By Jonathan Williams
Times West Virginian
For years pharmacies have been confronted by a conundrum when it comes to distributing medications with pseudoephedrine as a primary ingredient.
On the one hand, medicines like Sudafed and Claritin-D are common and effective over-the-counter options for combating the common cold. On the other hand, they are also common ingredients used to make meth.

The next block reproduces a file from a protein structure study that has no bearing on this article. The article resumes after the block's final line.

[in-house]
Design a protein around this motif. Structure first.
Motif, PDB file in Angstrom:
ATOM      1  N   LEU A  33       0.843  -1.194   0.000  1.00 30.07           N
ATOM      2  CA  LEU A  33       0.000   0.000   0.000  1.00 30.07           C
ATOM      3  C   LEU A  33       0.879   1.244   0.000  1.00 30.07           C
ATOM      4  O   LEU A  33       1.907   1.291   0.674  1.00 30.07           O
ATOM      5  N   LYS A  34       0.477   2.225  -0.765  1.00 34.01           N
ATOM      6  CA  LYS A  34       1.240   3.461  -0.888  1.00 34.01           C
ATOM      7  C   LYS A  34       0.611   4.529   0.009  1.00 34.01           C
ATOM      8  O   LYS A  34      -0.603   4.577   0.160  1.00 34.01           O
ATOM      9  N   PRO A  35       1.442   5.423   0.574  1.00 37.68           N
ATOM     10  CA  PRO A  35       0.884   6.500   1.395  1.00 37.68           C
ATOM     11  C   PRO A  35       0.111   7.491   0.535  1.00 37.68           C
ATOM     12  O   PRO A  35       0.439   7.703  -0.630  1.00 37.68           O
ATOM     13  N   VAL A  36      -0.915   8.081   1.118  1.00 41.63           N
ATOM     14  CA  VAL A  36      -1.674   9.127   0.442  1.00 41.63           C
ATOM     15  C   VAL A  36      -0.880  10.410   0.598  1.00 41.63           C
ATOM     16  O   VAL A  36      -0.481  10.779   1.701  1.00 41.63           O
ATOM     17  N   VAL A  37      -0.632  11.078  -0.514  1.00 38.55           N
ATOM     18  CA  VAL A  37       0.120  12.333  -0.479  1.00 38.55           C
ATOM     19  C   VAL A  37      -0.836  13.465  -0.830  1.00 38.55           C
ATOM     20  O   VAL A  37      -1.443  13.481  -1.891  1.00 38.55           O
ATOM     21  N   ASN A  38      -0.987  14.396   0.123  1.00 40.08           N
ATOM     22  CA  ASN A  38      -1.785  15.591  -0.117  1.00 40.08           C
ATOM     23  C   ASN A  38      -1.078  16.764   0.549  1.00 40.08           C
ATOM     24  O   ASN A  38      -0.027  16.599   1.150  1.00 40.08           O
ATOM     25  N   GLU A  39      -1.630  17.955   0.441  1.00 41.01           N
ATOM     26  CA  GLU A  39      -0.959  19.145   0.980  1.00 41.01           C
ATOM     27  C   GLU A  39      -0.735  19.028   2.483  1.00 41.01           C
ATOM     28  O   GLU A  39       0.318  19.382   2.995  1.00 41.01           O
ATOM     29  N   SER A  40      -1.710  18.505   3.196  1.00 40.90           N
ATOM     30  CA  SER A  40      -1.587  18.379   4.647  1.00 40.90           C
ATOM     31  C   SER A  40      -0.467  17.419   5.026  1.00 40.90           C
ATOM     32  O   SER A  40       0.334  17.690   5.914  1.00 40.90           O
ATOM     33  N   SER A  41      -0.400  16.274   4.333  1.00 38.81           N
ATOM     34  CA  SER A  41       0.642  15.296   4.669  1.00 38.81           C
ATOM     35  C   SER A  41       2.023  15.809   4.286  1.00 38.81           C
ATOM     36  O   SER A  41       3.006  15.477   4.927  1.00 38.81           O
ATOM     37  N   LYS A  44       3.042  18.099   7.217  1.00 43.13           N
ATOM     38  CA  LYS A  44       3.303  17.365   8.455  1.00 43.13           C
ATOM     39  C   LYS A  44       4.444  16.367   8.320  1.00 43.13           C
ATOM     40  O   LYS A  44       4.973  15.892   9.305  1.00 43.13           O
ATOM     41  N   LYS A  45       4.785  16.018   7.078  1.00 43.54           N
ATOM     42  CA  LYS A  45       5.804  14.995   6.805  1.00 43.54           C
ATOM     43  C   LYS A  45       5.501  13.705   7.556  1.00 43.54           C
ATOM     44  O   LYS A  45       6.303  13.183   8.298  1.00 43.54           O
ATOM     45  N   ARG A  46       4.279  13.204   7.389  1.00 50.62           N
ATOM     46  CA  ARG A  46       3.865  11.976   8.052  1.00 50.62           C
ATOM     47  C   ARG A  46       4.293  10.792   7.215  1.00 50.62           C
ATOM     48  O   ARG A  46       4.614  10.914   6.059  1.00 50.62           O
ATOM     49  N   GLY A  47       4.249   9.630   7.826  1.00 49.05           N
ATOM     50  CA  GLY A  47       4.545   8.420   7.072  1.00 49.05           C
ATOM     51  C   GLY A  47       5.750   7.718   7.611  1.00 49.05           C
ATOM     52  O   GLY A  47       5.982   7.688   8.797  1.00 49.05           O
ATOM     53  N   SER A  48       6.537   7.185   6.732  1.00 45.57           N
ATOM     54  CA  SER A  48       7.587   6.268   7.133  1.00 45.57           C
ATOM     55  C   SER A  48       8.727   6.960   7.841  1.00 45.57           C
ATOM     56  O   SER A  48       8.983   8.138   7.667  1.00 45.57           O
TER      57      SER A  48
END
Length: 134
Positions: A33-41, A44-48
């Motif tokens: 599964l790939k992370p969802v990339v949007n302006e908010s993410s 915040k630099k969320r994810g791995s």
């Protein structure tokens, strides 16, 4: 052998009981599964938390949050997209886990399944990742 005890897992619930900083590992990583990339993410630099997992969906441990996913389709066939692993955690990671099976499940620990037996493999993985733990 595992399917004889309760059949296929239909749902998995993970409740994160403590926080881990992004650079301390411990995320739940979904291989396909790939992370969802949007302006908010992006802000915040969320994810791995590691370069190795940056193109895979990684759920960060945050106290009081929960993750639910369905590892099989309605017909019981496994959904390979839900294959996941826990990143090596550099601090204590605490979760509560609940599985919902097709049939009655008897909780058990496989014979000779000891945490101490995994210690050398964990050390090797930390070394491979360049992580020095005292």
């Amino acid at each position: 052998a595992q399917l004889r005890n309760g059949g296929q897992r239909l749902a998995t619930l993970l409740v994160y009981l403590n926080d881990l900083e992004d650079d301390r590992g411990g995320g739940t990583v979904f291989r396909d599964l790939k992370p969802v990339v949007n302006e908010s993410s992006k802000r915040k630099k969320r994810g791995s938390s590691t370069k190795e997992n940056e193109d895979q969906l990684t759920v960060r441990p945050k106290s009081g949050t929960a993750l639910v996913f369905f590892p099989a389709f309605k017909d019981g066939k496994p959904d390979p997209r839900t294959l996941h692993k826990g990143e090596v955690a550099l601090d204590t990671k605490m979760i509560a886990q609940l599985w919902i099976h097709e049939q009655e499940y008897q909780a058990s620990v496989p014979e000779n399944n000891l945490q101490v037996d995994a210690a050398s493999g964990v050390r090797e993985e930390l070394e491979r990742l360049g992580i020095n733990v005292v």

So how do you prevent criminals from buying these ingredients without inconveniencing law-abiding citizens?
In January, West Virginia implemented a solution, and the West Virginia Retailers Association says they’re beginning to see the results.